Despite the outcry over high gasoline prices, gasoline in the U.S. is a bargain, even at two dollars per gallon. How can this be? Let’s look at a few comparisons.
By now, Las Vegas homeowners have received their August bills from the Las Vegas Valley Water District. The Water District has divided its customers into water groups—A through F. Included with the bill is a flashy color-coded glossy card that lists when a homeowner may water his or her lawn, depending on the time of year.
An alleged benefit of the proposed takeover of Nevada Power Company by the Southern Nevada Water Authority is that everything the Water Authority does is open to public scrutiny.
When it comes to power, Patricia Mulroy and her friends on the Clark County Commission can’t seem to get enough. Not satisfied with controlling Southern Nevada’s water resources, they’re now seeking to take over Las Vegas Valley electricity, too.
"[D]ue to my experience in [construction], I was thinking that the fire from the gas in the plane would melt the iron structure of the building and collapse the area where the plane hit and all the floors above it only. This is all that we hoped for."
- Usama bin Laden, the 'smoking gun' video
No American will ever forget the images of the World Trade Center towers on September 11—huge holes gaping, smoke pouring out.
For several years, Northeastern Nevada leaders have been explaining to state lawmakers, the public utility commission (PUC) and the Guinn administration why the deregulatory green light should be given to the proposed Ruby Gas Pipeline and power plant project.
California's electricity crisis has given foes of the free market ample ammunition to fire at the concept of deregulation. In Nevada and across the nation, politicians, bureaucrats and "consumer advocates" are pushing to delay-or even scrap-their states' electricity-deregulation plans. Even lawmakers who generally support market-oriented public policy have begun to lose faith in the promise of electricity deregulation. But since California's power market was never deregulated, this concern is unwarranted. Blaming California's crisis on deregulation, as writer Chad Reichle has quipped, "is like blaming capitalism for the poverty of the North Korean people." Herewith, a look at the Golden State's flawed blueprint for consumer choice in electricity, and a description of the four key ways in which Nevada's approach to power deregulation differs from California's experiment.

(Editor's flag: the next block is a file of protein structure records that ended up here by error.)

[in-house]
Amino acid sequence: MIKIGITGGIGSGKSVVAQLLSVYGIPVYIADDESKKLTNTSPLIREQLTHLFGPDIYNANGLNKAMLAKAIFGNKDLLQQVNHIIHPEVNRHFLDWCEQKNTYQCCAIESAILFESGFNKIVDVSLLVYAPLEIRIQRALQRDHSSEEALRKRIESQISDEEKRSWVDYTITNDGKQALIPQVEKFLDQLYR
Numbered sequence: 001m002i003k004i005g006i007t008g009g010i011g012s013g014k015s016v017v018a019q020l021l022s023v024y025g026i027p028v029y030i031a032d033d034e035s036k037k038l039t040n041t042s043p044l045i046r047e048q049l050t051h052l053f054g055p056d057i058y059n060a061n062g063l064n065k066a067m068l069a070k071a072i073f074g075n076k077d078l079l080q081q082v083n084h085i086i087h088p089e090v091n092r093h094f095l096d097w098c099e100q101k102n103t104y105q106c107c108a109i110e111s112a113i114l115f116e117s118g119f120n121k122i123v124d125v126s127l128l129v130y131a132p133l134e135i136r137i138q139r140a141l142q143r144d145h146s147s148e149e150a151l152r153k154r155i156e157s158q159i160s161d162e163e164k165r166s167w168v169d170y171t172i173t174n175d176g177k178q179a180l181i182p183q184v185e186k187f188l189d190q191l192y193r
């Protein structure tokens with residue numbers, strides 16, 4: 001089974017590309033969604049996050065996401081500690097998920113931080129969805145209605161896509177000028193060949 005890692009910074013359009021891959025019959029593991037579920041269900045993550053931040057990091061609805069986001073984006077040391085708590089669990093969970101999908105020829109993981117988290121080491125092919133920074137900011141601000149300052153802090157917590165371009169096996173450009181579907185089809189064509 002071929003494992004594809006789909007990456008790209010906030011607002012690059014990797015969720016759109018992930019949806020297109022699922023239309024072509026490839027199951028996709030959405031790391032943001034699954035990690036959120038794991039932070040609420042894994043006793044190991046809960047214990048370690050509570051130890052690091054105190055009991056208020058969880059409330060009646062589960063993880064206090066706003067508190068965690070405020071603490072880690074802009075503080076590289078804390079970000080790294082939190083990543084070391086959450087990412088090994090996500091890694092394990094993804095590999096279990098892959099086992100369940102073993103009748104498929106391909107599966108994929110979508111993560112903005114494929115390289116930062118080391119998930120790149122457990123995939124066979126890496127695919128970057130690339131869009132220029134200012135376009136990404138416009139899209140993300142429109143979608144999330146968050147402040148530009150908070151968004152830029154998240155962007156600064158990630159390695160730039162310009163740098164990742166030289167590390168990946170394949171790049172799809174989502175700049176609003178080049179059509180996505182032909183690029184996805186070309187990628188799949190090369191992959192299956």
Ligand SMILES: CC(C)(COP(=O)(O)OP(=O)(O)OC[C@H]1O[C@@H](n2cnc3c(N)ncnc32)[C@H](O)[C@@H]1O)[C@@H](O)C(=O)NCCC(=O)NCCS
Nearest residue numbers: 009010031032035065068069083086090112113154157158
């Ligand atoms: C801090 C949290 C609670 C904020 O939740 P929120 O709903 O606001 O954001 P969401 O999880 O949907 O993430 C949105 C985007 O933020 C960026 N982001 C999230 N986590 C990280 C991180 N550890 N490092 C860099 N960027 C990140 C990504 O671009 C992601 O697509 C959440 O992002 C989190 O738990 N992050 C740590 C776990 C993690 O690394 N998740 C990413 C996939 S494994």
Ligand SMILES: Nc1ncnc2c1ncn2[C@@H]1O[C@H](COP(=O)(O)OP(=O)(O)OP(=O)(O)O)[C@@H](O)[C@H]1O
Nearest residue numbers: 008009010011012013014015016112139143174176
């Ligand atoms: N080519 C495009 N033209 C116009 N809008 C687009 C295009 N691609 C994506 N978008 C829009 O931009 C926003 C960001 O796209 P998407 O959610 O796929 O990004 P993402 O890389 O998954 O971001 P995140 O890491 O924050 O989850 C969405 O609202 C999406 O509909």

California’s destined-to-fail restructuring of its electricity market has sent politicians in the Golden State scurrying for cover. As costs soar and blackouts roll across their state, officials are making patently false statements and demanding that neighboring states clean up the mess California’s central planners created. Leading the charge is Governor Gray Davis, who has chosen to obscure the real causes of his state’s power debacle. His dangerous demands and irresponsible rhetoric are sending ripple effects across America. “What's happening here could potentially create a national backlash against deregulation,” says Adrian Moore of the Reason Public Policy Institute, a Los Angeles-based think tank. The crisis is also having a much more direct impact on the residents of the Golden State’s neighbors. Already, utility customers throughout the West are paying higher bills. As governors from throughout the West meet today to discuss the crisis, they should make it clear to Davis that their citizens will not be sacrificed for his state’s folly.
Since 1996, The Nature Conservancy (TNC) has worked to acquire the Torrance Ranch, a parcel of land north of Beatty. Earlier this month the Las Vegas Business Press reported that buying the property will enable TNC’s Nevada chapter to protect "a complex of springs, wetlands and a riparian corridor that included habitat for numerous species, particularly the Amargosa toad." Many people see TNC and other land trusts as welcome alternatives to government land management. That’s certainly the case for locally owned and operated land trusts. National land trusts, however, have strayed from their original mission. Increasingly, TNC and similar organizations act as stalking horses for the federal government. Rather than purchase and maintain land in private hands, the groups buy properties and turn them over to government agencies. Herewith, an examination of the state of America’s land trusts.